As Christianity arrived on the shores of Singapore closely following British colonization, Western missionaries introduced their interpretation of the Holy Communion into a foreign land and space that was experiencing its first brushes with Western modernity. Contemporaneously, the movement of modernity continues to make an impact upon an important element of life closely intertwined with religious folk practices and culture of locals: food. In the face of modernizing foodscapes and primordial religious backgrounds, converts from Chinese religious traditions to Christianity find themselves navigating the dissonance of Western Holy Communion theologies with the Chinese philosophies of food. How might churches in Singapore begin to respond to the tensions arising when these two philosophical systems meet, and when Christians and churches seem to appropriate “syncretistic” theologies into their liturgical behavior? This article undertakes an interdisciplinary effort by employing social science to explore the modernizing of food in Singapore, as well as engaging Chinese philosophies of food and the body to explain tensions among converts from Chinese religious traditions, and the resistance of local churches towards Chinese understandings of food rituals in the partaking of the Holy Communion. It will also briefly propose that interdisciplinary studies, including liturgical studies, will be essential in developing a more robust theology of the Holy Communion among churches, thereby enhancing its witness within and without.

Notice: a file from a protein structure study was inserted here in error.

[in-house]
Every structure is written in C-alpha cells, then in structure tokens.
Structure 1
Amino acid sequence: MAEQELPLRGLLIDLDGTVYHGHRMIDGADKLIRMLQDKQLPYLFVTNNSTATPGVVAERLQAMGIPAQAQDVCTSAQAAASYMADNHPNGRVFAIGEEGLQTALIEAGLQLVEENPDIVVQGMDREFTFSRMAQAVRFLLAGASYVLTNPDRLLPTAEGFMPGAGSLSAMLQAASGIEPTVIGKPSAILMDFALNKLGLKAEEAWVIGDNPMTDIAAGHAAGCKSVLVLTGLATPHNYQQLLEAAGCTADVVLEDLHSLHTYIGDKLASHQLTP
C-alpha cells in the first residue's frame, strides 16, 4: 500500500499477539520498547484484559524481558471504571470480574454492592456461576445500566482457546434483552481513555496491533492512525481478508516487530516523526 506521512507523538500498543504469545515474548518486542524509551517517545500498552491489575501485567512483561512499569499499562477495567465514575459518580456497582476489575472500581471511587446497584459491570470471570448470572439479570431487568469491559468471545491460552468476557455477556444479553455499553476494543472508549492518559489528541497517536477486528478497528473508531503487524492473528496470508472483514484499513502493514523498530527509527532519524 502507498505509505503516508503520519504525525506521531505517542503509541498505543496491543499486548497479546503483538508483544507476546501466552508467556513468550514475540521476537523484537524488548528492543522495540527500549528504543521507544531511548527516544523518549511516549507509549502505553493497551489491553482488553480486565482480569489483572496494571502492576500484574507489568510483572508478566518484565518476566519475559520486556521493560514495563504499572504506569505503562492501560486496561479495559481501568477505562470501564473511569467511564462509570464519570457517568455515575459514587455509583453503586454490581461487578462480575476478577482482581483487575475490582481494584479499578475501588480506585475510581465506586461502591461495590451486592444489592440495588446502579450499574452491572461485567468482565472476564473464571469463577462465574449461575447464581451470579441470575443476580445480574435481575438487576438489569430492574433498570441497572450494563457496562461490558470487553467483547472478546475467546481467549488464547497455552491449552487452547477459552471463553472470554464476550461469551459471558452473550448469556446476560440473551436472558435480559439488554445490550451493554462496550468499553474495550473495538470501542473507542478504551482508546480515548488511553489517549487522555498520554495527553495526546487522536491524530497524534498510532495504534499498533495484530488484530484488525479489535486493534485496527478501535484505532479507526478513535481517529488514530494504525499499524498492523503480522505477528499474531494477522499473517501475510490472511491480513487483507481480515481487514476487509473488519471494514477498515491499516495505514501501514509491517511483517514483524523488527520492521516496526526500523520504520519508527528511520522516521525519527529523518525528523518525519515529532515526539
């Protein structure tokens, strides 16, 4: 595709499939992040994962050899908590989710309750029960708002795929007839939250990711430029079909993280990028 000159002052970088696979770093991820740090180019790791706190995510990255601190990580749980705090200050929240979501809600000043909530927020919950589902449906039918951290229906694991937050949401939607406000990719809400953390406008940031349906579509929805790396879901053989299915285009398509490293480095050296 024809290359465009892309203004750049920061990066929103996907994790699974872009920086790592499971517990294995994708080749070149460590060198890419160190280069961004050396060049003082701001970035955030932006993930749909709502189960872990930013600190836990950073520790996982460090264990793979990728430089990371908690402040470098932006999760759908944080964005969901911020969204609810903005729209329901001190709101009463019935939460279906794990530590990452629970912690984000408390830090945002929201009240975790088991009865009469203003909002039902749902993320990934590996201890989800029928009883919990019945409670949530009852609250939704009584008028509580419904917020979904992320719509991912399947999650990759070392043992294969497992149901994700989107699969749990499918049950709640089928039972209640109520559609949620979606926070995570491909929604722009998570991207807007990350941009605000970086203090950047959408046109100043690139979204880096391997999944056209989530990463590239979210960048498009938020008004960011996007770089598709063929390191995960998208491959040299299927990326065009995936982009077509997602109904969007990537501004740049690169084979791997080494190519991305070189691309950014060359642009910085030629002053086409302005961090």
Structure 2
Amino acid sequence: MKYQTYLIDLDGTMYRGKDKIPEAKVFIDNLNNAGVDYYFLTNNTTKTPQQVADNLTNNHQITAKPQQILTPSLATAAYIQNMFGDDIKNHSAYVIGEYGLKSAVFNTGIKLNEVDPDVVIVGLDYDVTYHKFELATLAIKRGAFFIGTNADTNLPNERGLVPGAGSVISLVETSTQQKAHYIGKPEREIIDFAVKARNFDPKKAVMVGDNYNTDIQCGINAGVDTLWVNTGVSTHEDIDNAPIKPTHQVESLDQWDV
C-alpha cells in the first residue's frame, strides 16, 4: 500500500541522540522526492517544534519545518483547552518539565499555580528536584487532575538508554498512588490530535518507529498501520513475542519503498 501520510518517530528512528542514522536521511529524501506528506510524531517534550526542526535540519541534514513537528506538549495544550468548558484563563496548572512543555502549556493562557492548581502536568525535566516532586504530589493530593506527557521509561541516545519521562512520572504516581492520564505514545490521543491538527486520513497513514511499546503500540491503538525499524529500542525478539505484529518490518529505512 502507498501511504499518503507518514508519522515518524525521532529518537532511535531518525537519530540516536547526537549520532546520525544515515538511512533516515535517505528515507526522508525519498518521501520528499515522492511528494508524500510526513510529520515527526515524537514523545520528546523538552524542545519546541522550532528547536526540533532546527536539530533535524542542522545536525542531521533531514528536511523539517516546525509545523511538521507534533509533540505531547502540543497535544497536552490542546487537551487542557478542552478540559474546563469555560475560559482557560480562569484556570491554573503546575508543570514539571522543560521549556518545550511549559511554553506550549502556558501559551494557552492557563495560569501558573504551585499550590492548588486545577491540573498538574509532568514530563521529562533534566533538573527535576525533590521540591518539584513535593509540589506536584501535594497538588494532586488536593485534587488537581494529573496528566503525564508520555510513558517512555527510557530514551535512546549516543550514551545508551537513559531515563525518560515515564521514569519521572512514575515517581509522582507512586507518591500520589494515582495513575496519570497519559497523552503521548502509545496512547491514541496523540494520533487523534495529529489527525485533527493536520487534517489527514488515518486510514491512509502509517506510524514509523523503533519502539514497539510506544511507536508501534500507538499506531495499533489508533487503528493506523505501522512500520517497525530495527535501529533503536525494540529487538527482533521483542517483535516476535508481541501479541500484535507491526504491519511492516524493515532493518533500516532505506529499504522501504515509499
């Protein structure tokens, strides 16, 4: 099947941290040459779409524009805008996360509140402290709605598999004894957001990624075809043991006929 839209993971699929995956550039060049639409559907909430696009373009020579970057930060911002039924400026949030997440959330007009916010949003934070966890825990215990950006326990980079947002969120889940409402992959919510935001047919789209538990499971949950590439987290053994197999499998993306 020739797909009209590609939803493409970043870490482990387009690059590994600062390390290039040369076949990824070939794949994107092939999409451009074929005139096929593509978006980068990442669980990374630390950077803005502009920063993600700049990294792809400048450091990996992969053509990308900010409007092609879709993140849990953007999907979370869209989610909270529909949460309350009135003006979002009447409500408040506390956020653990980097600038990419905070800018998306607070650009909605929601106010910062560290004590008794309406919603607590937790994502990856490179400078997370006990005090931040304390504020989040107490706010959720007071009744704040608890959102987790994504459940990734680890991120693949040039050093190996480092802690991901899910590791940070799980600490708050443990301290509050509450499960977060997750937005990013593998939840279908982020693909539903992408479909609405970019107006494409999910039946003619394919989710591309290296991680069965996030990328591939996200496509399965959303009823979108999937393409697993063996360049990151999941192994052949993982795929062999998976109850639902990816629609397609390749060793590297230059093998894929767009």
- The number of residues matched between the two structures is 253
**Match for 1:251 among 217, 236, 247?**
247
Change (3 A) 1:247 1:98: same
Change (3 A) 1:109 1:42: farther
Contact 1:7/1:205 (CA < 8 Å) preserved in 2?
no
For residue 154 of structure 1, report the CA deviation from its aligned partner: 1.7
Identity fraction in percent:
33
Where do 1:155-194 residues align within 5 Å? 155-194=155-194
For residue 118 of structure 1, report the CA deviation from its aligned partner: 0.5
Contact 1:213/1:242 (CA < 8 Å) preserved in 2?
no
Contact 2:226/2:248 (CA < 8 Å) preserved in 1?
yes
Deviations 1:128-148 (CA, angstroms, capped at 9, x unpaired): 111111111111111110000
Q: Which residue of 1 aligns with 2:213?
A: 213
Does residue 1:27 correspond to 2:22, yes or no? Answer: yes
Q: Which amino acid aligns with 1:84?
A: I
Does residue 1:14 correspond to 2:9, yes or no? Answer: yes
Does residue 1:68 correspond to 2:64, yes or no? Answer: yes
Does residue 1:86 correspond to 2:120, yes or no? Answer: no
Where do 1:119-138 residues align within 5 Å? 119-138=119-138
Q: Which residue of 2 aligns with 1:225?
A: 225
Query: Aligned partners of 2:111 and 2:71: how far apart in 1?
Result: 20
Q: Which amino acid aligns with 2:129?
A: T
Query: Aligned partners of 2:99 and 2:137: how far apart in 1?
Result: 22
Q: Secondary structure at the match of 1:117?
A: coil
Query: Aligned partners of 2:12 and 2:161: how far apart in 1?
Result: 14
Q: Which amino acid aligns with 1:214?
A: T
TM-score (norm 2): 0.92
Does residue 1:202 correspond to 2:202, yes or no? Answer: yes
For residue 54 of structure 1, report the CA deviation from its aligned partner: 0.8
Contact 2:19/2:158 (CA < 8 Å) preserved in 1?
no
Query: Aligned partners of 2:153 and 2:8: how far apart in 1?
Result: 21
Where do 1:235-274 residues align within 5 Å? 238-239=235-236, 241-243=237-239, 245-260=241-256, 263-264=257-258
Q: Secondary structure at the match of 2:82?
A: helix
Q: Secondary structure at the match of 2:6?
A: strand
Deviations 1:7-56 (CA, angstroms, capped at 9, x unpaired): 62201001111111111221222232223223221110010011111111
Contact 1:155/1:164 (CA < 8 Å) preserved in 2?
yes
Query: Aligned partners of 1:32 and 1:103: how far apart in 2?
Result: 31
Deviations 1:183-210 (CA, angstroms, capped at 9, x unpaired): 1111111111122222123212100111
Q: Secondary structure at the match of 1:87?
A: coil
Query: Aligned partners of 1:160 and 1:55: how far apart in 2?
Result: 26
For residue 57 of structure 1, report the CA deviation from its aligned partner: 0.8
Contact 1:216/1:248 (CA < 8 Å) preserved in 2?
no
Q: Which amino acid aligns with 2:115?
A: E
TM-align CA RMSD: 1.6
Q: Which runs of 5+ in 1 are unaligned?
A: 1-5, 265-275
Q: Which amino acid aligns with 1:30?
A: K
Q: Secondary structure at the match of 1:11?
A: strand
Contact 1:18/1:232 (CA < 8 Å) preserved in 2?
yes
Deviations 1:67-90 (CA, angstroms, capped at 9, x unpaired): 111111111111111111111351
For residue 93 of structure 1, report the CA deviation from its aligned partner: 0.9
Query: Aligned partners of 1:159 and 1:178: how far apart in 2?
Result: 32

Developing An Inclusive Liturgy.

2021, chapter in book: Enabling Hearts: A Primer for Disability-inclusive Churches